Of gyppy stomachs and group singing

Irritable bowel syndrome is a widespread condition which blights the lives of many, mostly in relatively affluent communities. Technically speaking, irritable bowel syndrome is defined as a diagnosis of exclusion, or medical condition the presence of which cannot be established with complete confidence through examination. It is instead diagnosed by the elimination of other possible causes, and has a clearly identified psychosomatic component.

Given that irritable bowel syndrome is associated with psychological disorders such as stress and anxiety, one might investigate treatments that focus on reducing such negative feelings. And that is what a team of researchers led by Stockholm University environmental health specialist Töres Theorell has done. Writing in the journal Psychotherapy and psychosomatics, Theorell, study lead author Christina Grape and others look at levels of the hormone testosterone, and its role in physiological regeneration processes adversely affected by stress.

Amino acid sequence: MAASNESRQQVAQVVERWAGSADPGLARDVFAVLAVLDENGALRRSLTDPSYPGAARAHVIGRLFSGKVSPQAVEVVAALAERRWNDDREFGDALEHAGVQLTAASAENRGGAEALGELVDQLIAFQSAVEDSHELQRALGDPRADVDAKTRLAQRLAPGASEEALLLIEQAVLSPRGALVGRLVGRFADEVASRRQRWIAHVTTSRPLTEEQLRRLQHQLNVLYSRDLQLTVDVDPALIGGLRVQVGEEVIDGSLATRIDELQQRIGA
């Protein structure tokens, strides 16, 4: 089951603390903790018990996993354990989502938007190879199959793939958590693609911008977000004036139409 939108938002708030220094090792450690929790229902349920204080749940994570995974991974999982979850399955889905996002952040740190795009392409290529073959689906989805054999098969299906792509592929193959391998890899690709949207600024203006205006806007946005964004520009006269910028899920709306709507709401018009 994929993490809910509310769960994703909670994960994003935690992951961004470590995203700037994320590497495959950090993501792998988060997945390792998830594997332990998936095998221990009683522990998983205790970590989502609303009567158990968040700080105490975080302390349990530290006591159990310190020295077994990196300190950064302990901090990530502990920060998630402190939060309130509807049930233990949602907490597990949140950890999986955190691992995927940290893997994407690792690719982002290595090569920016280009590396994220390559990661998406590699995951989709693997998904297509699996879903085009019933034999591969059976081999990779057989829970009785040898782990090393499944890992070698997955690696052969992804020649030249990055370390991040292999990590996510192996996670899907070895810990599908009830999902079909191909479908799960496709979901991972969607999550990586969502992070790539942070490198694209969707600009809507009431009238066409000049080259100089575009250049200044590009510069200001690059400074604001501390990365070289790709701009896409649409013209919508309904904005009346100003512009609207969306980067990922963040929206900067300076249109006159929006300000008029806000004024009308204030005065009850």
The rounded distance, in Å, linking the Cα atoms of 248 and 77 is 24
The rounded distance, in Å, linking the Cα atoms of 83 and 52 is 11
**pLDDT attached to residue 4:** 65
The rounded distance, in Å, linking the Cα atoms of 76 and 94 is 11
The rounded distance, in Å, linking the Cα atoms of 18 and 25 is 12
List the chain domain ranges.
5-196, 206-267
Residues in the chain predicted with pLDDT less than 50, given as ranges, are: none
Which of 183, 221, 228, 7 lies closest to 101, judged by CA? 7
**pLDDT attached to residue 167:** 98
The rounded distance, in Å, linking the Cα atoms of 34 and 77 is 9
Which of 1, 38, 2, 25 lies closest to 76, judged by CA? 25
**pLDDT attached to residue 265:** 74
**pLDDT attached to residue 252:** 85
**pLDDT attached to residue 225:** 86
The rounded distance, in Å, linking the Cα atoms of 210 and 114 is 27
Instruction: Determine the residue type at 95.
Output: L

What Theorell and his colleagues found is that the stress-reducing practice of choir singing – a popular Scandinavian leisure activity – induces a state of stimulated regeneration in irritable bowel syndrome sufferers, However, the effect lasts only for the first half year after taking up singing.

In their study the authors highlight a number of weaknesses in the research, and call for the approach to be repeated in larger-scale experiments. Despite this note of caution, the researchers are confident that choir singing has a positive effect in irritable bowel syndrome patients.

Group singing may not cure irritable bowel syndrome, but it certainly beats antacid popping.

Further reading: Grape et al., “Comparison between choir singing and group discussion in irritable bowel syndrome patients over one year: saliva testosterone increases in new choir singers”, Psychother. Psychosom. 79, 196 (2010)